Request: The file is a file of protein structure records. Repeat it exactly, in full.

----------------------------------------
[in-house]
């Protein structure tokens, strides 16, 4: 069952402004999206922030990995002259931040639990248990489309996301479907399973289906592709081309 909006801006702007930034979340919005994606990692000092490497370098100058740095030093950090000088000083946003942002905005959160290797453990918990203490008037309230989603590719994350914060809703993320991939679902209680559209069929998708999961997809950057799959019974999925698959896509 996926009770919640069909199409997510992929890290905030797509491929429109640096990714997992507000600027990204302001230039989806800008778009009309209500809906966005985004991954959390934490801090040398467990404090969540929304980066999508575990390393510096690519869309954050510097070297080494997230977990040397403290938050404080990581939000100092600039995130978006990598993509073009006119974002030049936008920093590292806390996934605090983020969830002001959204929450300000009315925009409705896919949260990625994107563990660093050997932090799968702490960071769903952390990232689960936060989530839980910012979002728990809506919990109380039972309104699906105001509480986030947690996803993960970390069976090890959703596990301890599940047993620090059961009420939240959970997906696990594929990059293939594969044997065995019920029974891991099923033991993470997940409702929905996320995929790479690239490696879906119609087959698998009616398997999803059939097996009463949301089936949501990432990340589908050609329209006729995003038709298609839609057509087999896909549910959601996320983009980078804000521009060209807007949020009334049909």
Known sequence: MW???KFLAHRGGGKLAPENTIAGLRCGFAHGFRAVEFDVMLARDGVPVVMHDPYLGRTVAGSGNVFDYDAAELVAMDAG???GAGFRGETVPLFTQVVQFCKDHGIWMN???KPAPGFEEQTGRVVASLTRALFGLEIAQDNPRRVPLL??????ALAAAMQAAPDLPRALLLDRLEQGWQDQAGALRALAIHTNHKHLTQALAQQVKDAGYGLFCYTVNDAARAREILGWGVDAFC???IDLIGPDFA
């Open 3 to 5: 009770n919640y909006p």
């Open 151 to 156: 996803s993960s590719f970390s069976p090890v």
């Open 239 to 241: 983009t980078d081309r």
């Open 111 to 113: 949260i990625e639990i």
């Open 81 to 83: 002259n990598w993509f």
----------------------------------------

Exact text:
[in-house]
């Protein structure tokens, strides 16, 4: 069952402004999206922030990995002259931040639990248990489309996301479907399973289906592709081309 909006801006702007930034979340919005994606990692000092490497370098100058740095030093950090000088000083946003942002905005959160290797453990918990203490008037309230989603590719994350914060809703993320991939679902209680559209069929998708999961997809950057799959019974999925698959896509 996926009770919640069909199409997510992929890290905030797509491929429109640096990714997992507000600027990204302001230039989806800008778009009309209500809906966005985004991954959390934490801090040398467990404090969540929304980066999508575990390393510096690519869309954050510097070297080494997230977990040397403290938050404080990581939000100092600039995130978006990598993509073009006119974002030049936008920093590292806390996934605090983020969830002001959204929450300000009315925009409705896919949260990625994107563990660093050997932090799968702490960071769903952390990232689960936060989530839980910012979002728990809506919990109380039972309104699906105001509480986030947690996803993960970390069976090890959703596990301890599940047993620090059961009420939240959970997906696990594929990059293939594969044997065995019920029974891991099923033991993470997940409702929905996320995929790479690239490696879906119609087959698998009616398997999803059939097996009463949301089936949501990432990340589908050609329209006729995003038709298609839609057509087999896909549910959601996320983009980078804000521009060209807007949020009334049909």
Known sequence: MW???KFLAHRGGGKLAPENTIAGLRCGFAHGFRAVEFDVMLARDGVPVVMHDPYLGRTVAGSGNVFDYDAAELVAMDAG???GAGFRGETVPLFTQVVQFCKDHGIWMN???KPAPGFEEQTGRVVASLTRALFGLEIAQDNPRRVPLL??????ALAAAMQAAPDLPRALLLDRLEQGWQDQAGALRALAIHTNHKHLTQALAQQVKDAGYGLFCYTVNDAARAREILGWGVDAFC???IDLIGPDFA
């Open 3 to 5: 009770n919640y909006p």
């Open 151 to 156: 996803s993960s590719f970390s069976p090890v």
């Open 239 to 241: 983009t980078d081309r």
């Open 111 to 113: 949260i990625e639990i």
């Open 81 to 83: 002259n990598w993509f």